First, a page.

Advanced Development Topics

In this section we discuss more advanced contributing guidelines such as code conventions,the release life cycle or branch management. This section is intended for maintainers and core contributors of the Yellowbrick project. If you would like to be a maintainer please contact one of the current maintainers of the project.

Reviewing Pull Requests

We use several strategies when reviewing pull requests from contributors to Yellowbrick. If the pull request affects only a single file or a small portion of the code base, it is sometimes sufficient to review the code using GitHub’s lightweight code review feature. However, if the changes impact a number of files or modify the documentation, our convention is to add the contributor’s fork as a remote, pull, and check out their feature branch locally. From inside your fork of Yellowbrick, this can be done as follows:

$ git remote add contribsusername
$ git fetch contribsusername
$ git checkout -b contribsfeaturebranch contribsusername/contribsfeaturebranch

This will allow you to inspect their changes, run the tests, and build the docs locally. If the contributor has elected to allow reviewers to modify their feature branch, you will also be able to push changes directly to their branch:

$ git add
$ git commit -m "Adjusted tolerance levels to appease AppVeyor"
$ git push contribsusername contribsfeaturebranch

These changes will automatically go into the pull request, which can be useful for making small modifications (e.g. visual test tolerance levels) to get the PR over the finish line.

Visualizer Review Checklist

As the visualizer API has matured over time, we’ve realized that there are a number of routine items that must be in place to consider a visualizer truly complete and ready for prime time. This list is also extremely helpful for reviewing code submissions to ensure that visualizers are consistently implemented, tested, and documented. Though we do not expect these items to be checked off on every PR, the below list includes some guidance about what to look for when reviewing or writing a new Visualizer.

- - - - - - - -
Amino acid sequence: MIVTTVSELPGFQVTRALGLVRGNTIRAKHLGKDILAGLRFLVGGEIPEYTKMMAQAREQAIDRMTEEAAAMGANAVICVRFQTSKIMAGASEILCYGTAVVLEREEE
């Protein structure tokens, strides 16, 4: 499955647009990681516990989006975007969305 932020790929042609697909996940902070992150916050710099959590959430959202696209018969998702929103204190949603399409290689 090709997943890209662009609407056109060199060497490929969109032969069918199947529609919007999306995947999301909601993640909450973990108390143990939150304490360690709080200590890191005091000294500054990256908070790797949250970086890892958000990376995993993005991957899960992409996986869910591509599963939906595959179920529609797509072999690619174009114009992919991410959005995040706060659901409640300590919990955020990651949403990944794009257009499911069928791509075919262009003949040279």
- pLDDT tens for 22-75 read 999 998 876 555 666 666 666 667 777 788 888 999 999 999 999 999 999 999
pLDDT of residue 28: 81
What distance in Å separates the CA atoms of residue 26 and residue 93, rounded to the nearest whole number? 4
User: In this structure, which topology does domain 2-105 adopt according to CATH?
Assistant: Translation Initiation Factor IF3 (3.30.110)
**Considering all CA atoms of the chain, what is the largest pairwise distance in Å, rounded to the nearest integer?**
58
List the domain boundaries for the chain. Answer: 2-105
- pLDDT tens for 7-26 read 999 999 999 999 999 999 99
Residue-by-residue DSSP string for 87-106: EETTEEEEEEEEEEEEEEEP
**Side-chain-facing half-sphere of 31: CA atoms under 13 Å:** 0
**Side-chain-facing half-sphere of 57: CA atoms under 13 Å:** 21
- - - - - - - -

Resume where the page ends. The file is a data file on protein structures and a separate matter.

The contrib module is a great place for work-in-progress Visualizers!

Code Conventions

  • Ensure the visualizer API is met.

    The basic principle of the visualizer API is that scikit-learn methods such as fit(), transform(), score(), etc. perform interactions with scikit-learn or other computations and call the draw() method. Calls to matplotlib should happen only in draw() or finalize().

  • Create a quick method for the visualizer.

    In addition to creating the visualizer class, ensure there is an associated quick method that returns the visualizer and creates the visualization in one line of code!

  • Subclass the correct visualizer.

    Ensure that the visualizer is correctly subclassed in the class hierarchy. If you’re not sure what to subclass, please ping a maintainer, they’d be glad to help!

  • Ensure numpy array comparisons are not ambiguous.

    Often there is code such as if y: where y is an array. However this is ambiguous when used with numpy arrays and other data containers. Change this code to y is not None or len(y) > 0 or use np.all or np.any to test if the contents of the array are truthy/falsy.

  • Add random_state argument to visualizer.

    If the visualizer uses/wraps a utility that also has random_state, then the visualizer itself needs to also have this argument which defaults to None and is passed to all internal stochastic behaviors. This ensures that image comparison testing will work and that users can get repeated behavior from visualizers.

  • Use np.unique instead of set.

    If you need the unique values from a list or array, we prefer to use numpy methods wherever possible. We performed some limited benchmarking and believe that np.unique is a bit faster and more efficient.

  • Use sklearn underscore suffix for learned parameters.

    Any parameters that are learned during fit() should only be added to the visualizer when fit() is called (this is also how we determine if a visualizer is fitted or not) and should be identified with an underscore suffix. For example, in classification visualizers, the classes can be either passed in by the user or determined when they are passed in via fit, therefore it should be self.classes_. This is also true for other learned parameters, e.g. self.score_, even though this is not created during fit().

  • Correctly set the title in finalize.

    Use the self.set_title() method to set a default title; this allows the user to specify a custom title in the initialization arguments.

Testing Conventions

  • Ensure there is an image comparison test.

    Ensure there is at least one image comparison test per visualizer. This is the primary regression testing of Yellowbrick and these tests catch a lot when changes occur in our dependencies or environment.